New York, May 11 (JEN): The overall security situation in Sudan’s Darfur region “remains calm”, despite continuing low-level skirmishes, a top United Nations envoy said on Thursday; updating the Security Council on the UN mission’s work on the ground.
“The general security situation in Darfur remains calm, except for sporadic clashes between the Sudan Liberation Army of Abdul Wahid, Government forces and nomads in the Jebel Marra,” said Jeremiah Mamabolo, Head of the African Union-UN Mission in Darfur (UNAMID), speaking via video-link.
The mission is in the process of reconfiguring its forces, including the construction of a new Temporary Operating Base at Golo, on land provided by the government in Jebel Marra. The reconfiguration has involved withdrawl from some areas previously controlled by UNAMID.
While it was too early to make a final assessment, Mamabolo said there had been no “adverse impact” so far.
While the Government is expected to establish its authority in these areas, he added, “we continue to monitor the situation within the framework of our protection of civilians' mandate.”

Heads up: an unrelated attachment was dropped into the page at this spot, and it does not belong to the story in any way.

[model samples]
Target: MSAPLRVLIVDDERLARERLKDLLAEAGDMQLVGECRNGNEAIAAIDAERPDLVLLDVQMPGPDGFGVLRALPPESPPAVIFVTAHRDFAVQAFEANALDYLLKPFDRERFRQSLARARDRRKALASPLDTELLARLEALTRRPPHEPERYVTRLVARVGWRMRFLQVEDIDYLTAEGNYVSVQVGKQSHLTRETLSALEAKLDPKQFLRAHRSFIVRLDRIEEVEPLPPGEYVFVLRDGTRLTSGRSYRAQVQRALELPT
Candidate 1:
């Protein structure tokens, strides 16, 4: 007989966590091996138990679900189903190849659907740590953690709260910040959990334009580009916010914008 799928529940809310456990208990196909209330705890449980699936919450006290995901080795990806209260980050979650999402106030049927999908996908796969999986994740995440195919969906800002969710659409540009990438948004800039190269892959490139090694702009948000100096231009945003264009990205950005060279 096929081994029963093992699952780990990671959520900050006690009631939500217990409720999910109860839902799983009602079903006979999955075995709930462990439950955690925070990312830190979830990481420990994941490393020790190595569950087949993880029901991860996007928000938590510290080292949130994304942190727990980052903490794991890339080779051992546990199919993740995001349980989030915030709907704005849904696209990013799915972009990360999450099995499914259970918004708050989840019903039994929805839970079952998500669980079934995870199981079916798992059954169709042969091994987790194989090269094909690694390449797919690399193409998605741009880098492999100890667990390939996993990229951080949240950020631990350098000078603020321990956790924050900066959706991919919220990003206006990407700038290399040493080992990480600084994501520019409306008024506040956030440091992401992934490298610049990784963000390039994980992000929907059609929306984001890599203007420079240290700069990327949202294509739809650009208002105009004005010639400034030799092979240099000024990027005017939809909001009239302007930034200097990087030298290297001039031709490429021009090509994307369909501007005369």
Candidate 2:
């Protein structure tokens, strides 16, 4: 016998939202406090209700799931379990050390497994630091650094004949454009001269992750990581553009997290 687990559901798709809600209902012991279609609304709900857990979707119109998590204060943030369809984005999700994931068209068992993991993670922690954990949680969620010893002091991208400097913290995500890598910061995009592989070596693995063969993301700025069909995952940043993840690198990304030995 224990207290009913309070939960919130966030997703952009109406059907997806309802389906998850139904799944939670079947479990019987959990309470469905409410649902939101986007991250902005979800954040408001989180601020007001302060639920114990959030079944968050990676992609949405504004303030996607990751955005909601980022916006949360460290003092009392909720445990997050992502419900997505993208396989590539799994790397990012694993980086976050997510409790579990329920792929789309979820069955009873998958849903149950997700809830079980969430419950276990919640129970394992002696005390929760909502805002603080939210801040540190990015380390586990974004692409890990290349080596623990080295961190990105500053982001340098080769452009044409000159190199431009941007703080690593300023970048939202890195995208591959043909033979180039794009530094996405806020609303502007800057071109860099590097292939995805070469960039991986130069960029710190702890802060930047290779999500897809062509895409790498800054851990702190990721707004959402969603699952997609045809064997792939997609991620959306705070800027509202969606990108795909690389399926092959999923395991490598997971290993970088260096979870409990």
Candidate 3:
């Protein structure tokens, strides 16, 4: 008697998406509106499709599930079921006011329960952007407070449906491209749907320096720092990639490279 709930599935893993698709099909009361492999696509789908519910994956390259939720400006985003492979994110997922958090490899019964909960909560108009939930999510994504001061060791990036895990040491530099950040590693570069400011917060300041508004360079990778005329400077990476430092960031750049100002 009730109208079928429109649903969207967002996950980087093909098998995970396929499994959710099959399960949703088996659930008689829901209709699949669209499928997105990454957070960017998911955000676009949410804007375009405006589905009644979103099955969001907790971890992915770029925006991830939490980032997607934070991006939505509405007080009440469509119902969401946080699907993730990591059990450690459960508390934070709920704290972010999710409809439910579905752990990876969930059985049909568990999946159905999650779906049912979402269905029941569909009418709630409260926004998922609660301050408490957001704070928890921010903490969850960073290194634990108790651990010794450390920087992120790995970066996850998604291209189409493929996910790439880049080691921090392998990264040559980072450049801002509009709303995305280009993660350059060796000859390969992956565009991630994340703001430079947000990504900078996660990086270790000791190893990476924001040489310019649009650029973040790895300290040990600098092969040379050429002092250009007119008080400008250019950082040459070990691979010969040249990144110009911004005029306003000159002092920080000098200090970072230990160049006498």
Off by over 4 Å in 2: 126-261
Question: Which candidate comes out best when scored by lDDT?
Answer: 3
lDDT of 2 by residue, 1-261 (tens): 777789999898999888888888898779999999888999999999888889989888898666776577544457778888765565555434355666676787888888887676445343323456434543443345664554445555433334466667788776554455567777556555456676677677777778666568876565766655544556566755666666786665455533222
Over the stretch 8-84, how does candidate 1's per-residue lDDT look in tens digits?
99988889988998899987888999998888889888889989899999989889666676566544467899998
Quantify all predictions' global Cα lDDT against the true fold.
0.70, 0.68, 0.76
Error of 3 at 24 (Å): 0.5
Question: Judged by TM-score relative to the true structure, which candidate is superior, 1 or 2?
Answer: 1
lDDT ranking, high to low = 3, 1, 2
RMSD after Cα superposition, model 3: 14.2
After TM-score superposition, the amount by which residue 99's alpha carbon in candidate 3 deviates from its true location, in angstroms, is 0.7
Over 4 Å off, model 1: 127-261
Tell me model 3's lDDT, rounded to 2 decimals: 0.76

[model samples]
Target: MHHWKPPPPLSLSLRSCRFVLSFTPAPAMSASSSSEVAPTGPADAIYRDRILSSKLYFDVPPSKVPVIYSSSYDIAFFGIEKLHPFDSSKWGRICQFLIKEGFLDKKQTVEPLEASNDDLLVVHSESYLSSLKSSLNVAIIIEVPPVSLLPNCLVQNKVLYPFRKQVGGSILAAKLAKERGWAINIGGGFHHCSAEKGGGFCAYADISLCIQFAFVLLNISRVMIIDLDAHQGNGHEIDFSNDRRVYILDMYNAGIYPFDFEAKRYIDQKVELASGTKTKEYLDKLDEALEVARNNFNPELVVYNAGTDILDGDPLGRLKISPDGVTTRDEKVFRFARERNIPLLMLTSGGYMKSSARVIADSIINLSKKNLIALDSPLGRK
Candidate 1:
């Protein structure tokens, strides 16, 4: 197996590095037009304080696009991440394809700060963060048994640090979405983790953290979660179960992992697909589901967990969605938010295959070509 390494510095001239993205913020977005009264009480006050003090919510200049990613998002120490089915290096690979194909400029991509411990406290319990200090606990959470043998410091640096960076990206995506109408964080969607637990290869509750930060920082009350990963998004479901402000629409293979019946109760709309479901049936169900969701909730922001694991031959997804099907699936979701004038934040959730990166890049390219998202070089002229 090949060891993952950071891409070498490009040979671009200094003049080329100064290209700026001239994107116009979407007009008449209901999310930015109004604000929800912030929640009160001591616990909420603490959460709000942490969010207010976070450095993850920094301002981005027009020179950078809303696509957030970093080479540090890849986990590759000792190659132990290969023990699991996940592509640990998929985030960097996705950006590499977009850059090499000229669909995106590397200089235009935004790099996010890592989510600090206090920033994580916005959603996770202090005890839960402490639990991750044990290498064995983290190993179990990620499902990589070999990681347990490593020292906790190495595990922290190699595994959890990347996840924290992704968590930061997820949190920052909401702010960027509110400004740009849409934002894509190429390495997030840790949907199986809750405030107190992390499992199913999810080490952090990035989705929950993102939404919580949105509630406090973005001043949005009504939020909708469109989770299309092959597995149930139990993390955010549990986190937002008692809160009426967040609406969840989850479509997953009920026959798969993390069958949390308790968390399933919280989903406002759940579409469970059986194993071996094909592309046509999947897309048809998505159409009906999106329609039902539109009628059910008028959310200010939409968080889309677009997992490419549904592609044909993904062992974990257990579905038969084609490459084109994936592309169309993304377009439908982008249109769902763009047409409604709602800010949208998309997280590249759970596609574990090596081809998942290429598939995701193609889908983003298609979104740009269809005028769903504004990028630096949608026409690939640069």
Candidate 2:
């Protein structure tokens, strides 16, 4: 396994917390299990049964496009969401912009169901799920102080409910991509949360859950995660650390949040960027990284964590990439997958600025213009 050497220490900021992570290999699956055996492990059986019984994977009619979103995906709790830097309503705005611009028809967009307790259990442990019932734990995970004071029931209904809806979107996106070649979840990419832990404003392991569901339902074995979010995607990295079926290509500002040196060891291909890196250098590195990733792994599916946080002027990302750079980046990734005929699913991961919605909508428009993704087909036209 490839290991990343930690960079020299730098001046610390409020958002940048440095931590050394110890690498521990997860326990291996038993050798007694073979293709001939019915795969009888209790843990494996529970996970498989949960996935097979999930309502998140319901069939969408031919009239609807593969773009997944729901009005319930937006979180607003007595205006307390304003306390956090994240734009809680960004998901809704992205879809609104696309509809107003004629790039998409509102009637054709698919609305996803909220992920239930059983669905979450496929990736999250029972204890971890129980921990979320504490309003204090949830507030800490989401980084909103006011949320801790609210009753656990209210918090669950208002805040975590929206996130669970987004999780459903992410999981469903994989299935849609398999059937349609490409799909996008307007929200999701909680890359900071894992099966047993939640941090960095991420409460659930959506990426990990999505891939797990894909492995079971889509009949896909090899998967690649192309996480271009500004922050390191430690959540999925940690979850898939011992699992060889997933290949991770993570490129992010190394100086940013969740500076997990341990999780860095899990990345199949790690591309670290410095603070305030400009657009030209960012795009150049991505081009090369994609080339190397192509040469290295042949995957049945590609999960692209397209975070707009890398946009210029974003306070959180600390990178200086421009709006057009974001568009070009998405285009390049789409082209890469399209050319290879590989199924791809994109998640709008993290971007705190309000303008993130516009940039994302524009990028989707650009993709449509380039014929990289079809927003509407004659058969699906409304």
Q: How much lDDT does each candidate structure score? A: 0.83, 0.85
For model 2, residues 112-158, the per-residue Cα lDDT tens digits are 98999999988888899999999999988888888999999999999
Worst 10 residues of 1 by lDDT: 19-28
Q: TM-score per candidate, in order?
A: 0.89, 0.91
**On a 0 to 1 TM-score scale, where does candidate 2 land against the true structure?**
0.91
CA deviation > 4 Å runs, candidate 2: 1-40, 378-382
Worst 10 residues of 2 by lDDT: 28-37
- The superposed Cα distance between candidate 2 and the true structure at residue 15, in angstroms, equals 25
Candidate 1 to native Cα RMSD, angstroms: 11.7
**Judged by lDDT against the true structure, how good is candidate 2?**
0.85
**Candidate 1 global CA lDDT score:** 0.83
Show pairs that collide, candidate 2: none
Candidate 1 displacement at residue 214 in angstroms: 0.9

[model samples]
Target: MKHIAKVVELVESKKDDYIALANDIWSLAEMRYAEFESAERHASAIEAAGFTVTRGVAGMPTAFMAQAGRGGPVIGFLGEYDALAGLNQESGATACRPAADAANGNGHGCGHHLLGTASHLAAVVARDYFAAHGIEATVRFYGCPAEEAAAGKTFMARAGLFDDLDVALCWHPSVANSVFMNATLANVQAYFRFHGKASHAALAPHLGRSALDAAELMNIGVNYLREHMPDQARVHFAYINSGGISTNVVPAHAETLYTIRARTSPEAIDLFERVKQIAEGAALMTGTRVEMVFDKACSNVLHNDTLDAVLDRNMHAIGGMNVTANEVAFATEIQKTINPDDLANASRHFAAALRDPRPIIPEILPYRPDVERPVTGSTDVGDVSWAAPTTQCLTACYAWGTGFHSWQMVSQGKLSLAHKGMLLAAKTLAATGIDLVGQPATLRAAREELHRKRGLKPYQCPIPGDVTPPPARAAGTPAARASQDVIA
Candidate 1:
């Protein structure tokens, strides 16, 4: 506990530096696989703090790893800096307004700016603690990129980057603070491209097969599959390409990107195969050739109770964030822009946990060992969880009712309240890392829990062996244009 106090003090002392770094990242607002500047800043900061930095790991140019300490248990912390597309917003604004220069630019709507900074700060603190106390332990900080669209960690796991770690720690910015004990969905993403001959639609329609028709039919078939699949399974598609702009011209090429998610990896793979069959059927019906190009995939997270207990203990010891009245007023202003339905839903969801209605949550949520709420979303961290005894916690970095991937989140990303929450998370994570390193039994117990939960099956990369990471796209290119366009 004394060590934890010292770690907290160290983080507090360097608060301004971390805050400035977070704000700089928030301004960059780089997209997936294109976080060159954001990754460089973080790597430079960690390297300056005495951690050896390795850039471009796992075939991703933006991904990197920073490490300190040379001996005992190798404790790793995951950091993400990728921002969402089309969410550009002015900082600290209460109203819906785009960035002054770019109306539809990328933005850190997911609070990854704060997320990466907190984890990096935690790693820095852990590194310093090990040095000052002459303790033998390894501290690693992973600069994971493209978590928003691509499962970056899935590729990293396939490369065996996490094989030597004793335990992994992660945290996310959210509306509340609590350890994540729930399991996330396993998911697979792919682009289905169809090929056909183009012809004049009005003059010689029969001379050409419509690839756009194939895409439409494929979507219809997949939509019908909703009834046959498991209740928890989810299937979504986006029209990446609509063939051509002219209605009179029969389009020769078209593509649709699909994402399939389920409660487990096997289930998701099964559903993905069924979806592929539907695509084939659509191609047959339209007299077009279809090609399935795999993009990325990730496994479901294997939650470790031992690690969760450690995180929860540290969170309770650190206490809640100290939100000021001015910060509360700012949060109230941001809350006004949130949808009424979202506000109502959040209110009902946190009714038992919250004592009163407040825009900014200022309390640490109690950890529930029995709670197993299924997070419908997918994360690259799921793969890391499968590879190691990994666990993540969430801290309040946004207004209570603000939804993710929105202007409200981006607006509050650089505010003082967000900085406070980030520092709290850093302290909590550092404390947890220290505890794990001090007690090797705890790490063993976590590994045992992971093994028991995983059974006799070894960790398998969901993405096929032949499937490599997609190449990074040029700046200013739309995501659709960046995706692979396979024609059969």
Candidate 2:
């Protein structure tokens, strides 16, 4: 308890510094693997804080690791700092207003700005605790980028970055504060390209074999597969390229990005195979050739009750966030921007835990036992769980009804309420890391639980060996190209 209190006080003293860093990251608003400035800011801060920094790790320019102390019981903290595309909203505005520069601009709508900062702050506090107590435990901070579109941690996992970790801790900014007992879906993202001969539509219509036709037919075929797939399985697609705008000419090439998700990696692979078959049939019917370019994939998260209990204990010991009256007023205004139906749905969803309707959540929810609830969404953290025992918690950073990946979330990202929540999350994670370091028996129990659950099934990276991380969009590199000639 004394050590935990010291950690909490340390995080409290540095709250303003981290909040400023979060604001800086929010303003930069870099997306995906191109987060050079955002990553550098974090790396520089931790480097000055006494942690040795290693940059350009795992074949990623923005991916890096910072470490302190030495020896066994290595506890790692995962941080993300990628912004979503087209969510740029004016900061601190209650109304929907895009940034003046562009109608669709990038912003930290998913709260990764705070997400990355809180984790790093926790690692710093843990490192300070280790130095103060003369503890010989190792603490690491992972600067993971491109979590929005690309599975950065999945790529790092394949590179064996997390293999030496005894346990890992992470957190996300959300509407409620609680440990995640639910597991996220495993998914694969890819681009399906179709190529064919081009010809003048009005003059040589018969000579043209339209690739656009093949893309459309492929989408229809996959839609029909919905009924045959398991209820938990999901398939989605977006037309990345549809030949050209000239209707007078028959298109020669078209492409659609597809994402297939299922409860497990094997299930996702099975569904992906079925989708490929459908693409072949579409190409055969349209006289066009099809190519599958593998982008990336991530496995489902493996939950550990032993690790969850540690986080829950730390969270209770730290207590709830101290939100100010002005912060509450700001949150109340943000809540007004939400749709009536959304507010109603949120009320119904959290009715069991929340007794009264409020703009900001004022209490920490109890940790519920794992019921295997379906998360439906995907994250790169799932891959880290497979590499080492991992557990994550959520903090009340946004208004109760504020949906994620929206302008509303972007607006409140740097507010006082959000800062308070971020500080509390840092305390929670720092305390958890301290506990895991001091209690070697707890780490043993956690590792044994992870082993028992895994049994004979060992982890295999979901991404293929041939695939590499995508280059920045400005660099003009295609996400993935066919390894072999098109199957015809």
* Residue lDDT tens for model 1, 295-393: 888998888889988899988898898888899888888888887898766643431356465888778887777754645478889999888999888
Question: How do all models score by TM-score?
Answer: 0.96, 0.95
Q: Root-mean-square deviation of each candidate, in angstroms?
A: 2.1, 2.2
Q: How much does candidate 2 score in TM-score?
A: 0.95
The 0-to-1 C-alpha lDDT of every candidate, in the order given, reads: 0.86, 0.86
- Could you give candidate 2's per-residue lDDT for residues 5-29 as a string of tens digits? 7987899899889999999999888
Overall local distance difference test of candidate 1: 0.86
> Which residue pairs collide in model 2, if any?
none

Mamabolo saw what he called “a glimpse of hope” in the stalled peace process with parties expressing a desire “for continued engagement” at a meeting in Berlin last month.
“I am, therefore, in contact with all the parties to bridge their differences so that they can agree on and sign a pre-negotiation framework as soon as possible” to pave the way for a “cessation of hostilities agreement and direct negotiations,” he said.
With no systematic registration of those displaced outside the camps however, estimates vary considerably for those unregistered and living in rural settlements and urban areas.Turning to the humanitarian situation, revised figures reveal that some 1.76 million displaced people are registered in approximately 66 camps.
UN humanitarian agencies and partners estimate that an additional 500,000 displaced people live in some 108 host communities and settlements in Darfur.
Mamabolo indicated that from UNAMID’s interactions, they would like to return to their places of origin, provided they have security and basic services.
Meanwhile, others say they are willing to settle where they are – with assurances that they retain their traditional land rights in their original homes.
For Darfur to be guaranteed “durable peace and development, durable solutions will have to be found for the plight of IDPs,” he stressed.
“It is imperative that concerted efforts be exerted towards mobilization of financial resources to consolidate and sustain the prevailing peace and stability in the region,” he concluded.
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